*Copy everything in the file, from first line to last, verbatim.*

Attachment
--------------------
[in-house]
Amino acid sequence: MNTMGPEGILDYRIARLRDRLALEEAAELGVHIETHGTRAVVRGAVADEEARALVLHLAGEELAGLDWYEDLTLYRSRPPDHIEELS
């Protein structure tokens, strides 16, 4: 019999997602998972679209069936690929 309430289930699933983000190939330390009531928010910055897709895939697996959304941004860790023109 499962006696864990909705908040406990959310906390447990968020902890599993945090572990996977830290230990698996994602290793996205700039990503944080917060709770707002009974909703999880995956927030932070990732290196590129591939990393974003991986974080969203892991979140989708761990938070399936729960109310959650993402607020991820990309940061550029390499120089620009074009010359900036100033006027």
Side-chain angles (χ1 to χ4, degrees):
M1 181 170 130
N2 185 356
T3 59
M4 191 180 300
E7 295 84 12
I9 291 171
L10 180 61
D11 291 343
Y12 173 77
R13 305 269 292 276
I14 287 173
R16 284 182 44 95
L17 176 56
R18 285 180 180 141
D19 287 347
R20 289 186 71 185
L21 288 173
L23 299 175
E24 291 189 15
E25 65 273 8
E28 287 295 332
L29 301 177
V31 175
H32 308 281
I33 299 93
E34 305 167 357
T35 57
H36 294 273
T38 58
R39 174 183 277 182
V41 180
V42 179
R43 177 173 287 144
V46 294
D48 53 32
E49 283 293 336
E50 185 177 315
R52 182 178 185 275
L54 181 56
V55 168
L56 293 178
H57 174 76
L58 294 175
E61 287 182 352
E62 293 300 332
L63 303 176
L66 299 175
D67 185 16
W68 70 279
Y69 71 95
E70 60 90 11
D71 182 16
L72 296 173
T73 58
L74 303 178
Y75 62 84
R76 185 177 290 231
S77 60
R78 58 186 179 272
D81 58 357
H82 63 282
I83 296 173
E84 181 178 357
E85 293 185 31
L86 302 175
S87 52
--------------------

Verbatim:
[in-house]
Amino acid sequence: MNTMGPEGILDYRIARLRDRLALEEAAELGVHIETHGTRAVVRGAVADEEARALVLHLAGEELAGLDWYEDLTLYRSRPPDHIEELS
């Protein structure tokens, strides 16, 4: 019999997602998972679209069936690929 309430289930699933983000190939330390009531928010910055897709895939697996959304941004860790023109 499962006696864990909705908040406990959310906390447990968020902890599993945090572990996977830290230990698996994602290793996205700039990503944080917060709770707002009974909703999880995956927030932070990732290196590129591939990393974003991986974080969203892991979140989708761990938070399936729960109310959650993402607020991820990309940061550029390499120089620009074009010359900036100033006027």
Side-chain angles (χ1 to χ4, degrees):
M1 181 170 130
N2 185 356
T3 59
M4 191 180 300
E7 295 84 12
I9 291 171
L10 180 61
D11 291 343
Y12 173 77
R13 305 269 292 276
I14 287 173
R16 284 182 44 95
L17 176 56
R18 285 180 180 141
D19 287 347
R20 289 186 71 185
L21 288 173
L23 299 175
E24 291 189 15
E25 65 273 8
E28 287 295 332
L29 301 177
V31 175
H32 308 281
I33 299 93
E34 305 167 357
T35 57
H36 294 273
T38 58
R39 174 183 277 182
V41 180
V42 179
R43 177 173 287 144
V46 294
D48 53 32
E49 283 293 336
E50 185 177 315
R52 182 178 185 275
L54 181 56
V55 168
L56 293 178
H57 174 76
L58 294 175
E61 287 182 352
E62 293 300 332
L63 303 176
L66 299 175
D67 185 16
W68 70 279
Y69 71 95
E70 60 90 11
D71 182 16
L72 296 173
T73 58
L74 303 178
Y75 62 84
R76 185 177 290 231
S77 60
R78 58 186 179 272
D81 58 357
H82 63 282
I83 296 173
E84 181 178 357
E85 293 185 31
L86 302 175
S87 52